Wednesday, November 13, 2013

Winter Harvest--Roses & Basil, and Remodeling Update

Dear friends,

Although our average first frost date is around November 22, we had an early one last night, courtesy of our Canadian friends.  We have an excellent local weather website, so knew it was going to get colder.  By 9 a.m. yesterday, we had ferocious winds that I knew would knock all the gorgeous blooming antique roses off the bushes.  I had plans for all those roses--making potpourri for Christmas gifts.  The wind was a huge surprise.

So, out I go with an old laundry basket, and first I collected the basil--a very tender herb that we use quite a bit in cooking.  I always dry a lot of it and use it in my special Italian mix I use for pasta sauces.  I harvested enough to fill the laundry basket, grabbed some sage while I was at it (for Thanksgiving cooking) came inside, dumped it and went back out.  By then, the temperature had dropped drastically, with the wind howling.

After an hour, I decided enough was enough, and brought it all inside. I let it sit overnight, then tackled it this morning.  My dining room was filled with the scent of fresh basil and heirloom roses.

I scrounged around and found vases for some of the roses and scattered them around the kitchen and dining room.

A bouquet with six different heirloom roses

Roses on the kitchen window sill

I bundled one big bunch of the basil with a rubber band and hung it from a cupboard door.  It's from a new variety, a columnar basil, and it makes nice long branches full of leaves.  It has a very heavy sweet Italian basil scent and taste.

A new columnar variety of Italian basil

Roses are everywhere!  Unless you've done it,  you can't imagine the pleasure of sinking your hands into a huge crockery bowl full of fresh rose petals.  I gently pull the petals off the roses and put them into bowls or onto flat plates and "toss" them gently as they dry. I found that the metal colander works well since it has ventilation holes.  I'm going to look for a larger version of this one.

Meanwhile, on to the remodeling!

Original pine beadboard ceiling over front porch

Meanwhile, Husband continues work on the outside of our 1930s cottage/bungalow.  All of the metal siding has been ripped off the front by now. One wonderfully exciting discovery was that the original antique pine beadboard was intact over the front porch!  It will be a pain to sand, but will look wonderful when it's done.  I haven't decided whether to paint it "Haint Blue" or not. Supposedly, according to Southern folklore, blue paint the color of the sky will deter wasps AND keep the haints/boogey men/evil spirits away.  Worth a try, I say! :-)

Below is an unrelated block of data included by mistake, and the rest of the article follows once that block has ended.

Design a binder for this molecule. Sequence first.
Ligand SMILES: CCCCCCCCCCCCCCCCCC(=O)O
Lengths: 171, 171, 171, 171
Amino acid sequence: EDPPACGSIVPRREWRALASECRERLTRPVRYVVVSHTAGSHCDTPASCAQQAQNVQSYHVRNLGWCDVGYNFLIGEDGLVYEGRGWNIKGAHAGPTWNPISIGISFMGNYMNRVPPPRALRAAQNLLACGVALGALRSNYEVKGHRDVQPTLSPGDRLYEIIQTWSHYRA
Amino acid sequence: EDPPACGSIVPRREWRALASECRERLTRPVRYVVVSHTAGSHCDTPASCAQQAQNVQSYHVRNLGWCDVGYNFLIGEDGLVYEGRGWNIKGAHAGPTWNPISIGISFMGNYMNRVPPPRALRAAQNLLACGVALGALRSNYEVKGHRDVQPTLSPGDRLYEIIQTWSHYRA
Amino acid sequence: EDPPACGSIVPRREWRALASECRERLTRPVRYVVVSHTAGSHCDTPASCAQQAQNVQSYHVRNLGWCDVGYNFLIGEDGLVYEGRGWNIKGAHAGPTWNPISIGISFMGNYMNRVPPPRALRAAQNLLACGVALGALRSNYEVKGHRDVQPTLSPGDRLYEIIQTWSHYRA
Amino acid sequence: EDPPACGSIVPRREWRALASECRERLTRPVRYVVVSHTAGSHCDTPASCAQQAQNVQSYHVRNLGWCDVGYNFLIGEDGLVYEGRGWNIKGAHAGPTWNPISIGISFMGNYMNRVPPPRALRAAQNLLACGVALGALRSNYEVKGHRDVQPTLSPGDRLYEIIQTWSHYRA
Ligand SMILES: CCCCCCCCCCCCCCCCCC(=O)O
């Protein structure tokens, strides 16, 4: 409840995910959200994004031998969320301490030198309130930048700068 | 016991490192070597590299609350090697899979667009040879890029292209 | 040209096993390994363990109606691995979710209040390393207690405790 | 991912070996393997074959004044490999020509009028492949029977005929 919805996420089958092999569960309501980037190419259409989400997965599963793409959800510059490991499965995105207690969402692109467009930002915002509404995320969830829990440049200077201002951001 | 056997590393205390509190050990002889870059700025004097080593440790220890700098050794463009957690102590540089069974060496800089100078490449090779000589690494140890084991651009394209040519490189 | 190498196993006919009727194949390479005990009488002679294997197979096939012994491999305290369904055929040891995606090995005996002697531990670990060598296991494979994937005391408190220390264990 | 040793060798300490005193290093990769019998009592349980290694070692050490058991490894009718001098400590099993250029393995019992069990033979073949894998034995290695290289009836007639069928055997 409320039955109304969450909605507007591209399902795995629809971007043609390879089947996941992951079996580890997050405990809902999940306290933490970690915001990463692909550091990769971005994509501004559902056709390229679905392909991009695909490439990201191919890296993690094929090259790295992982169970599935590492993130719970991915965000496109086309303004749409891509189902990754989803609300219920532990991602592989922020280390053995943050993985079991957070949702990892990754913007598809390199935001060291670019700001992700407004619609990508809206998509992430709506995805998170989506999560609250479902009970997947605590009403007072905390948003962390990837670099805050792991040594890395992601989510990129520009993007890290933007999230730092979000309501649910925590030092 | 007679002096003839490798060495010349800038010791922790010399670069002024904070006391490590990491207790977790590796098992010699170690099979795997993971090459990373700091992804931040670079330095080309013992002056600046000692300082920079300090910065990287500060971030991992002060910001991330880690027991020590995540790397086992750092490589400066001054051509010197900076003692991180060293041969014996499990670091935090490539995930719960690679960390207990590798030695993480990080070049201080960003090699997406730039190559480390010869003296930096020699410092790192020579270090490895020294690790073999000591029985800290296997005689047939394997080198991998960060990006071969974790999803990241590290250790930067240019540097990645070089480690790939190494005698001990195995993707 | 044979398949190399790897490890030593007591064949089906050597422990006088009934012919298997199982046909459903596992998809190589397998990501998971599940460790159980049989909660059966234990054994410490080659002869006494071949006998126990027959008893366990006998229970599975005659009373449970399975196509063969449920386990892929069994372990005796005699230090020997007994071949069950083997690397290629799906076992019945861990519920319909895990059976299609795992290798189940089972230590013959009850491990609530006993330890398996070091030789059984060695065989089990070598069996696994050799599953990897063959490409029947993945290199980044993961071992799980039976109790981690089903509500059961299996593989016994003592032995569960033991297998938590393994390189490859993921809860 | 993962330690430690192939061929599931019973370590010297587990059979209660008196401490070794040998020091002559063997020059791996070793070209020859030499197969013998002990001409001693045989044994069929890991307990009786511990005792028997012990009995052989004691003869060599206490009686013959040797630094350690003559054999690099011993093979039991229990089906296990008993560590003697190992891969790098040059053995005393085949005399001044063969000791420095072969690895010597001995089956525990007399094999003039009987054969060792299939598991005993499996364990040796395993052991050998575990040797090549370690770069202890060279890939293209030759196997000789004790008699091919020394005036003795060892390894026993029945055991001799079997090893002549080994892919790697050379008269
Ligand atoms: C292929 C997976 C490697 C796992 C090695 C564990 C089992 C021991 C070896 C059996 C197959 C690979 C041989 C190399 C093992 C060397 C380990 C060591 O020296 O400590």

One thing we've wanted to do since we bought the house was to remove one of the front doors. Yes, we have two front doors. One led into the front parlor, kept nice for visiting clergymen, and the other was for the homeowners--farmers.  Since one of those entries leads into our bedroom now, we decided to remove the door, patch the hole in the front and then continue our painting.

This is the door from the inside. Over the last two years, it's been covered with a temporary patch of a sheet of blue foam and some Masonite on the inside, with an armoire in front of it, and the door still showing on the outside.

The door and jambs were removed and the hole filled in with plywood.  Over that, on the inside, we added wallboard, taped and floated it, added baseboards made from plywood to match the original ones, and will texture it and paint it the color of the bedroom walls.

Luckily, when we tore down the rotten greenhouse in the backyard, we saved the original small ship-lap siding, also made from the antique pine. 

Alas, remember how I mentioned the horrible wind?  Guess what happened to the original door. The day before, the wind was non-existent.  Neither of us had a second thought about leaving it on the porch.  We figured it was safe enough until we could make a space in the garage to store it.  But with the wind that came up out of nowhere the next morning. . .

I heard a CRASH and wondered what the cat had done. Yep, smithereens.  I guess we're lucky we haven't broken more than this over the last two years.  Luckily, we don't really *need* the door, although I was thinking of using it in my backyard cottage studio. We can replace the glass, but it won't be the original wavy antique glass that I so love.

Will post more pics as progress is made.  I hope you're enjoying this blog and reading the story of our garden and 1930s home.

Happy trails from Texas,

bobbi c.

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